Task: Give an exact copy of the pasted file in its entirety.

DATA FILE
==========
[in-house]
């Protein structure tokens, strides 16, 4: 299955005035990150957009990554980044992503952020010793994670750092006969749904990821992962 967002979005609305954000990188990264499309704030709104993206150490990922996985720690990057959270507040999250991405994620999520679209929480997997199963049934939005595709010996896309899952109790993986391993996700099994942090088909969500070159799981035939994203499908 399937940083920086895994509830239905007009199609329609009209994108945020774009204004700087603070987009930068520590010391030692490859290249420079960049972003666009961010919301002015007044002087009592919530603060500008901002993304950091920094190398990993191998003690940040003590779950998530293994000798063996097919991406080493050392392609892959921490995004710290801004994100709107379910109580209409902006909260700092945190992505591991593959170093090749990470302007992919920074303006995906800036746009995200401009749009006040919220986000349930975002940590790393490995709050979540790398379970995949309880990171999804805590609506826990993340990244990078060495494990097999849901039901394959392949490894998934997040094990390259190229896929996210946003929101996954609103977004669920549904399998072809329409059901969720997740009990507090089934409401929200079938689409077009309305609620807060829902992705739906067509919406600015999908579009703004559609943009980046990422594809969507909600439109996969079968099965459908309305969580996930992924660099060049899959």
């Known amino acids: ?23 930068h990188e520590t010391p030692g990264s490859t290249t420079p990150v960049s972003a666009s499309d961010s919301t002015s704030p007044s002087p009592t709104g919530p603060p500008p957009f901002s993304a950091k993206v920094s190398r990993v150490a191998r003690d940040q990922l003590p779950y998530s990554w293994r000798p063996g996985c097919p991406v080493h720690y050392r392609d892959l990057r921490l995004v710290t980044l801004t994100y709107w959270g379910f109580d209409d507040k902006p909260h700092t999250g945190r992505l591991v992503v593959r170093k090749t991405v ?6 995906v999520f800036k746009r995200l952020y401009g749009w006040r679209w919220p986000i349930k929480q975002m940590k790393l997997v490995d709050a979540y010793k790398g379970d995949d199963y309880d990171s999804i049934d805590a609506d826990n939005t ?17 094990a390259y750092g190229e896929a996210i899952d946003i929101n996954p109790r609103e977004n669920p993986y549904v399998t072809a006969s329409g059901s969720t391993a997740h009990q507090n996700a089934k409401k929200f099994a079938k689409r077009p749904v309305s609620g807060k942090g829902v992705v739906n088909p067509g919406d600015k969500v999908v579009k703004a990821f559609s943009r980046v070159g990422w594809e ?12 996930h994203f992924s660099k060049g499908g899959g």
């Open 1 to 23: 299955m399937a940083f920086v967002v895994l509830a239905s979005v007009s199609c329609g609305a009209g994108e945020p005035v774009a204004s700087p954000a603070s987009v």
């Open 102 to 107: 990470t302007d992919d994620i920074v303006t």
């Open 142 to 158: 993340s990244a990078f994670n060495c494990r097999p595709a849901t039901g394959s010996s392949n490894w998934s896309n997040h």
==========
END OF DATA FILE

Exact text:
[in-house]
């Protein structure tokens, strides 16, 4: 299955005035990150957009990554980044992503952020010793994670750092006969749904990821992962 967002979005609305954000990188990264499309704030709104993206150490990922996985720690990057959270507040999250991405994620999520679209929480997997199963049934939005595709010996896309899952109790993986391993996700099994942090088909969500070159799981035939994203499908 399937940083920086895994509830239905007009199609329609009209994108945020774009204004700087603070987009930068520590010391030692490859290249420079960049972003666009961010919301002015007044002087009592919530603060500008901002993304950091920094190398990993191998003690940040003590779950998530293994000798063996097919991406080493050392392609892959921490995004710290801004994100709107379910109580209409902006909260700092945190992505591991593959170093090749990470302007992919920074303006995906800036746009995200401009749009006040919220986000349930975002940590790393490995709050979540790398379970995949309880990171999804805590609506826990993340990244990078060495494990097999849901039901394959392949490894998934997040094990390259190229896929996210946003929101996954609103977004669920549904399998072809329409059901969720997740009990507090089934409401929200079938689409077009309305609620807060829902992705739906067509919406600015999908579009703004559609943009980046990422594809969507909600439109996969079968099965459908309305969580996930992924660099060049899959």
């Known amino acids: ?23 930068h990188e520590t010391p030692g990264s490859t290249t420079p990150v960049s972003a666009s499309d961010s919301t002015s704030p007044s002087p009592t709104g919530p603060p500008p957009f901002s993304a950091k993206v920094s190398r990993v150490a191998r003690d940040q990922l003590p779950y998530s990554w293994r000798p063996g996985c097919p991406v080493h720690y050392r392609d892959l990057r921490l995004v710290t980044l801004t994100y709107w959270g379910f109580d209409d507040k902006p909260h700092t999250g945190r992505l591991v992503v593959r170093k090749t991405v ?6 995906v999520f800036k746009r995200l952020y401009g749009w006040r679209w919220p986000i349930k929480q975002m940590k790393l997997v490995d709050a979540y010793k790398g379970d995949d199963y309880d990171s999804i049934d805590a609506d826990n939005t ?17 094990a390259y750092g190229e896929a996210i899952d946003i929101n996954p109790r609103e977004n669920p993986y549904v399998t072809a006969s329409g059901s969720t391993a997740h009990q507090n996700a089934k409401k929200f099994a079938k689409r077009p749904v309305s609620g807060k942090g829902v992705v739906n088909p067509g919406d600015k969500v999908v579009k703004a990821f559609s943009r980046v070159g990422w594809e ?12 996930h994203f992924s660099k060049g499908g899959g």
């Open 1 to 23: 299955m399937a940083f920086v967002v895994l509830a239905s979005v007009s199609c329609g609305a009209g994108e945020p005035v774009a204004s700087p954000a603070s987009v």
């Open 102 to 107: 990470t302007d992919d994620i920074v303006t």
């Open 142 to 158: 993340s990244a990078f994670n060495c494990r097999p595709a849901t039901g394959s010996s392949n490894w998934s896309n997040h």